So given that this boozer isn’t exactly an ornate feast for the eyes you might wonder if it has any redeeming charm, and we would have to argue that it does. Victorian cornices and Edwardian wood carvings are fine and enjoyable but none are as entertaining as the locals in The Snug. Roughly attired and roughly voiced – they could easily be described as on the more rambunctious side of boisterous. Occupying the entire front end of the pub they had a day’s drinking under their belt when we arrived on this particular occasion.

Once we’d ordered and settled in with some seriously cheap pints (honestly these are about the cheapest in Dublin City Centre) we managed to catch the attention of one of the more vocal of the regulars. Standing to attention he noisily enquired as to whether we would like to buy any drugs, a question which was met with a cacophony of laughter from the front of the bar.

With full assurance that he was only winding us up given, he then came to join us whereupon he took a shine to one of our gang. Berating us for allowing a “lovely girl like that” to buy her own drink he beckoned the young barman who appeared from behind the bar for a moment only to disappear. Seeing this, our new pal explained to us that the barman had returned to retrieve the key from the register and proudly exclaimed: “I’ve robbed this place loads of times”. Reappearing, the barman took an order from our new mate who returned to the front of the pub only to arrive back to the table with a pint for the ‘lovely girl’. He was to send on two full pints for our pal who caught his eye, being nervous of the situation she decided against drinking them. Yours truly made sure they weren’t to go to waste.

We’d stop short of visiting here frequently ourselves. But we’ll certainly drop in once or twice again, if only for the stories…. and the cheap pints

The Long Hall: George’s Street

The Long Hall is an institution. Its candy cane flourished façade serves as an instantly recognizable beacon to even the most poorly-sighted of drinkers while conversely taunting and teasing thirsty commuters awaiting the bus across the road. Recently it was awarded the title of Dublin’s best pub, an accolade it holds alongside the honour of being 251 years old.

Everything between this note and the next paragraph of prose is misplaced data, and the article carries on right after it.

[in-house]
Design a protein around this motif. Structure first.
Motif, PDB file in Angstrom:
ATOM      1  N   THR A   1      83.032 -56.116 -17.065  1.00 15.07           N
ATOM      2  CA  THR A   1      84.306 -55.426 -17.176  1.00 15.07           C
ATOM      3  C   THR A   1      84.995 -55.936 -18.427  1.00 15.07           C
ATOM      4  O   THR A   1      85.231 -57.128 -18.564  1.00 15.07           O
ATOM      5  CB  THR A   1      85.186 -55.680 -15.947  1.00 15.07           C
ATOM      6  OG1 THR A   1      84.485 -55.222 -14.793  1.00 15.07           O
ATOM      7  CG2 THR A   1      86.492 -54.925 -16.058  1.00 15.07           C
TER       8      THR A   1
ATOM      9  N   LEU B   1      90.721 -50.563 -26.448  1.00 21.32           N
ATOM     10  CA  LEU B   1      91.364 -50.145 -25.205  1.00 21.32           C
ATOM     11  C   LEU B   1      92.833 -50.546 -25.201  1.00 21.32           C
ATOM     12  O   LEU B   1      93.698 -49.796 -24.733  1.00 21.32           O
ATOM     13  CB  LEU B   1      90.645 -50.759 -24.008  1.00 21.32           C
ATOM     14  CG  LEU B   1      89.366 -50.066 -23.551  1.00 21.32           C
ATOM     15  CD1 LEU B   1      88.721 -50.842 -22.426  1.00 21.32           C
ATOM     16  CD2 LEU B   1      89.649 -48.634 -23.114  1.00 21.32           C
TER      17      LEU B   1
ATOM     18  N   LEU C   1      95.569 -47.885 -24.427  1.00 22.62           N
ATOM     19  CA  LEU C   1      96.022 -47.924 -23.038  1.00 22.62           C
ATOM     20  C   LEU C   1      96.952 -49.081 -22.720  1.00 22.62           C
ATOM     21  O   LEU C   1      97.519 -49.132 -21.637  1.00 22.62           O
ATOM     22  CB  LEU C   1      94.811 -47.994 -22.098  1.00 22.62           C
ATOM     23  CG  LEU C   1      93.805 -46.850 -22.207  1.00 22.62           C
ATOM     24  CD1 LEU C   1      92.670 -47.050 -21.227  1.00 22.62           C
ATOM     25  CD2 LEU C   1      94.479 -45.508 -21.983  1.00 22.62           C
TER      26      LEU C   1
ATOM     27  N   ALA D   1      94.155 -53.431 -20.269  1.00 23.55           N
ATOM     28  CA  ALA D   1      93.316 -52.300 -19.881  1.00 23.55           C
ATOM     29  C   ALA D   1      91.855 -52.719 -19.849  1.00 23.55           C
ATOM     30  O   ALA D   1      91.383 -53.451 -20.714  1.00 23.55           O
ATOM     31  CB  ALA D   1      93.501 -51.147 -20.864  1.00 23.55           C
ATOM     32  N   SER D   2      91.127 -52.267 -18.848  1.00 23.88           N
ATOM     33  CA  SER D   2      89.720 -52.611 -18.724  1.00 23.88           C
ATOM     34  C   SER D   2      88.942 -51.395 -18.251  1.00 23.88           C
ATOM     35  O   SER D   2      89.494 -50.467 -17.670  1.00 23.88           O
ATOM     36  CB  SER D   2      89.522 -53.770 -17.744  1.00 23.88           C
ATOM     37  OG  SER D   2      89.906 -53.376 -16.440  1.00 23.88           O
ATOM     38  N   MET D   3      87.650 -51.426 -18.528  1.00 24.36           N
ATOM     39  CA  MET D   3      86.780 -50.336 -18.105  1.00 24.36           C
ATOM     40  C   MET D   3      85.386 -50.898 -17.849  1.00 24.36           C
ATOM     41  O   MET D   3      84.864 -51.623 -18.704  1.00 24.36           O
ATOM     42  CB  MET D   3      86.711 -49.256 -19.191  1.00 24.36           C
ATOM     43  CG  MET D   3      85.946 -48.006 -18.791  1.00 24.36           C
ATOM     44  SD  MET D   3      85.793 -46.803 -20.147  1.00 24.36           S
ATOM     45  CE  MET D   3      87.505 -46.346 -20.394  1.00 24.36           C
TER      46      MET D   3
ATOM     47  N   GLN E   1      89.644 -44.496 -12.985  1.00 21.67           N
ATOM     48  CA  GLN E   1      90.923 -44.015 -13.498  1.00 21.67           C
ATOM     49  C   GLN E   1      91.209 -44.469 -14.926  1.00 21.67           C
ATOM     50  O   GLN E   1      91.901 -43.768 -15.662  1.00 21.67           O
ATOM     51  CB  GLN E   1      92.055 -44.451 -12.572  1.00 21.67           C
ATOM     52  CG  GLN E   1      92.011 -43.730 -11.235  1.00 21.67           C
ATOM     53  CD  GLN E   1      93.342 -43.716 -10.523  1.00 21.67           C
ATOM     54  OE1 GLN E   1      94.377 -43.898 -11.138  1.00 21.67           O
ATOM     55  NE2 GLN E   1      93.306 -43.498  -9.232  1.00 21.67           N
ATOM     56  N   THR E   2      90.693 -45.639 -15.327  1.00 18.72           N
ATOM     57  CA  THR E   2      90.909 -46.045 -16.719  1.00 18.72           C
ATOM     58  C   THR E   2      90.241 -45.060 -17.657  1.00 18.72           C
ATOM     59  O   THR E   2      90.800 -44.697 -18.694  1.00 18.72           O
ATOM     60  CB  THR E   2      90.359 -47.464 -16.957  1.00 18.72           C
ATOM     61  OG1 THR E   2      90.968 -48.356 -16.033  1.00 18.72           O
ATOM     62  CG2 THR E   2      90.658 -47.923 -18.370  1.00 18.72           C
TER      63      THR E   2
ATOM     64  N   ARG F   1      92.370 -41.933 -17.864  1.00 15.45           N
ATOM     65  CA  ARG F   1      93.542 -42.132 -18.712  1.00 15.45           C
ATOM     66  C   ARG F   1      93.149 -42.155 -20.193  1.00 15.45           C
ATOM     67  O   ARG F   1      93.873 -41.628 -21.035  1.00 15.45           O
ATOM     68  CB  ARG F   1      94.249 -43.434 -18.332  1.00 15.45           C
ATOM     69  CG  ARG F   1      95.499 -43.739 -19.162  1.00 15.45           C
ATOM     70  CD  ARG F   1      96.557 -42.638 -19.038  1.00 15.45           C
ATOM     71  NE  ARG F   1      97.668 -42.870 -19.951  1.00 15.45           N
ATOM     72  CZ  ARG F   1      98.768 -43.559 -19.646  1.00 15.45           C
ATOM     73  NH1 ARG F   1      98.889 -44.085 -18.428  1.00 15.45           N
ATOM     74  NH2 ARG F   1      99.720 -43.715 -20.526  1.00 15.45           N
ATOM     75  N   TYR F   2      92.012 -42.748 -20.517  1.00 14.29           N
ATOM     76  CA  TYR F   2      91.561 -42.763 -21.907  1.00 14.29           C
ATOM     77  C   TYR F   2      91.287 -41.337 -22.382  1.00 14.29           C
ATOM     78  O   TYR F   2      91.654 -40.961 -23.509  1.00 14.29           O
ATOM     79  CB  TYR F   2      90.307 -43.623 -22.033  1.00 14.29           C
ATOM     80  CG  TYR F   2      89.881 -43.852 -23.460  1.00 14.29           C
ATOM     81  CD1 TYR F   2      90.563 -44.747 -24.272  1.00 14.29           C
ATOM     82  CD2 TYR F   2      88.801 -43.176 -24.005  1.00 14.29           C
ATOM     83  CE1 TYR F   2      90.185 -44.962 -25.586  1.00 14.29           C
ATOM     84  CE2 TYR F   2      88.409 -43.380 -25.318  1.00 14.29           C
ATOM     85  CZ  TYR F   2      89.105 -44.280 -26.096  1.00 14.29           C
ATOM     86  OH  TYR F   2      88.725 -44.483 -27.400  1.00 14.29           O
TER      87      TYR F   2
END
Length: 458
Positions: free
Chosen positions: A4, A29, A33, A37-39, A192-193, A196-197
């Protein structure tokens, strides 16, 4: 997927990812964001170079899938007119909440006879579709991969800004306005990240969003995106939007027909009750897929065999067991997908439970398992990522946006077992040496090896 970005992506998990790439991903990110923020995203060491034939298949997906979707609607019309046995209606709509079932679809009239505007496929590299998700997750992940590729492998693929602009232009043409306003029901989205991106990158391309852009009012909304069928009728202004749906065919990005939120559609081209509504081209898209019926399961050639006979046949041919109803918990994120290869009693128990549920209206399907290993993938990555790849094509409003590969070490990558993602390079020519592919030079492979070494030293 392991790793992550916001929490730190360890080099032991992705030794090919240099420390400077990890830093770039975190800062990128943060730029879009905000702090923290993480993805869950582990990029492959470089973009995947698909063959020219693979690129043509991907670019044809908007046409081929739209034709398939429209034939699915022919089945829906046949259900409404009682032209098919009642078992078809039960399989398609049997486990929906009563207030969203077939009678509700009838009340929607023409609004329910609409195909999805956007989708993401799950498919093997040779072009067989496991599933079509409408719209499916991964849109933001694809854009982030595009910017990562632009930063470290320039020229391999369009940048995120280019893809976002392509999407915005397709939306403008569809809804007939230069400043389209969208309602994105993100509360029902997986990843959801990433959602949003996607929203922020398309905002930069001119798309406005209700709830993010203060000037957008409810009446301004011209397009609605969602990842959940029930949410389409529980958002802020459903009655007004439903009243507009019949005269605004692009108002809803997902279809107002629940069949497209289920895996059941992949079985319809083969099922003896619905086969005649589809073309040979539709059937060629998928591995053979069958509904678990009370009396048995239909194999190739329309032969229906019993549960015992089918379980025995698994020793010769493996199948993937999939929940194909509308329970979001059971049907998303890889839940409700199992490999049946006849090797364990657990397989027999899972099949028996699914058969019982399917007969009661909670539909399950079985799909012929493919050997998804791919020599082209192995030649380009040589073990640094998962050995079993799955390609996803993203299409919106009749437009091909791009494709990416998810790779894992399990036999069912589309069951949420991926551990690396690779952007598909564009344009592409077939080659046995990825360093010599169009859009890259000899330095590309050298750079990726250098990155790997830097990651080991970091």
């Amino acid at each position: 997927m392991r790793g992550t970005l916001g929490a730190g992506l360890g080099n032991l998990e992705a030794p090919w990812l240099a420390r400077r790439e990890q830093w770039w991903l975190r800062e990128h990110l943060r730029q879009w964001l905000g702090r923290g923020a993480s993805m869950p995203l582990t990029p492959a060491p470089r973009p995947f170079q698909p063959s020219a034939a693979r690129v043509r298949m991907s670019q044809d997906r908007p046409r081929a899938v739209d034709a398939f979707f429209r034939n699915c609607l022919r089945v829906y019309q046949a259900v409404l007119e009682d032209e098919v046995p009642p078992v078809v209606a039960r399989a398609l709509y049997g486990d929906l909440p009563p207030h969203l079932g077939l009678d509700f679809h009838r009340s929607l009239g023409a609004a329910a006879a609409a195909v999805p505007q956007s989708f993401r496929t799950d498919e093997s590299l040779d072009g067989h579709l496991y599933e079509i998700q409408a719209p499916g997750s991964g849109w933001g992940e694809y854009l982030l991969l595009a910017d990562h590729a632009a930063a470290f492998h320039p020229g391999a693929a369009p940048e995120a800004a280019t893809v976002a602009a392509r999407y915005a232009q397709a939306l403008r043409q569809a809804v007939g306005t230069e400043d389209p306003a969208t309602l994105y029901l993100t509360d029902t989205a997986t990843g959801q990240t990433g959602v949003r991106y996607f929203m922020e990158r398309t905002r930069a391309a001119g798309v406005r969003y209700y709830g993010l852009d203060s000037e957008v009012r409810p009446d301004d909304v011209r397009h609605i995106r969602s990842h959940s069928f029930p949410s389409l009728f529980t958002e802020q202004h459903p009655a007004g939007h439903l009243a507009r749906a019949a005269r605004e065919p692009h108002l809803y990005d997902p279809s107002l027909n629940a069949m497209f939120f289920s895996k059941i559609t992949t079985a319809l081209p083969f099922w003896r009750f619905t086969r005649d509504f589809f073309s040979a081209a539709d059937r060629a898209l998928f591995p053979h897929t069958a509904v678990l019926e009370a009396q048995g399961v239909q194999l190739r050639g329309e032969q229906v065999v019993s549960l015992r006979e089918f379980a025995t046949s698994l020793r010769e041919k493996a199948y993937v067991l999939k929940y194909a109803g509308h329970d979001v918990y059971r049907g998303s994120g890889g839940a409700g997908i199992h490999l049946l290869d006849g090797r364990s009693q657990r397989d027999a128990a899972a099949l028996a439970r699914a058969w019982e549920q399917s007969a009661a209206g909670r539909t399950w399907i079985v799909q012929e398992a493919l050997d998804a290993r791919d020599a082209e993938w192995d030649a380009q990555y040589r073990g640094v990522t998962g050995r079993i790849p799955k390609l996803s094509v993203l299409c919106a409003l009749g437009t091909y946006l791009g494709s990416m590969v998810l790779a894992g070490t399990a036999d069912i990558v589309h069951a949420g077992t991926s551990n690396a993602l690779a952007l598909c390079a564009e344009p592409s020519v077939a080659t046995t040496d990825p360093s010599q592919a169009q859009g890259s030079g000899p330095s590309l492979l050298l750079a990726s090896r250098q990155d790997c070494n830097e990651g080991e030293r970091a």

Sitting on that illusive part of George’s St where it transforms into Aungier St, The Long Hall is another exemplary snapshot of Victorian pub architecture – carpeted and painted in that shade of wine that was obviously going cheap back in the 1800s the pub will be a familiar sight to anyone who has set foot in any contemporary Victorian premises in the capital. Ornate woodwork and sepia toned portraits adorn the walls along with muskets and other such Victorian relics. The divine glimmering of glorious liquor behind the bar is emphasised by the installation of small tiled mirroring along the structural features of the woodwork.

It’s a very characterful pub and for all its Victorian charm, it’s not without some rock and roll credentials too – Phil Lynott sat forlornly at the bar of this pub in the video for his song ‘Old Town’. It’s also a well-known fact that Bruce Springsteen rarely visits our shores without dropping in for a pint.

For all the pros relating to The Long Hall there is unfortunately a con which we can’t overlook. The price of the pint. The sinking feeling that comes with receiving less change than expected is one I’m sure The Boss doesn’t have to concern himself with, but unfortunately us mere mortals aren’t afforded that particular luxury. Returning to the table I quietly whispered to myself that this ought to be the best pint I’d ever had… It was.

The Long Hall is a picture perfect example of the Dublin Pub and is not to be ignored by anyone seeking to experience a true representation of this city’s pub culture.

Lannigan’s: Eden Quay

Sometimes when we get to talking on the defining parameters that make a pub a pub we can get very particular on details. The one thing that we do agree upon is that we disagree on a great many points – slightly on some and heavily upon others. Having said that, we should say that we sometimes do get to exhaust the fumes of white smoke now and again, one such consensus we have managed to arrive at relates to a rule on hotel bars – namely that a hotel bar is not a pub!

It’s our argument that the vibe exuded in your bog standard hotel bar is a good light-year or two away from that one should expect in any self-respecting pub. This is due in no small part to the lighting, the seating and often the prices too. Hotel bar etiquette is often a far more formal experience than that of the pub wherein you might find yourself wondering whether to order at the bar or at your table while subconsciously watching your Ps and Qs too. Put simply – we’d rather be in the pub.

But as sure as all hotels have housekeepers who couldn’t give a toss about your hangover, all rules have their exceptions – which brings us nicely along to Lannigan’s.

Situated within the boundaries of the Clifton Court Hotel on Eden Quay – Lannigan’s has grown on us over the years. To say it has a few quirky bits and pieces upon the walls would be the grossest of understatements. Every conceivable piece of wall space in the bar has been plastered with knick-knacks and trinketry, so much so that visitors could easily spend their entire stay in the pub conversing solely about the paraphernalia littered around the walls.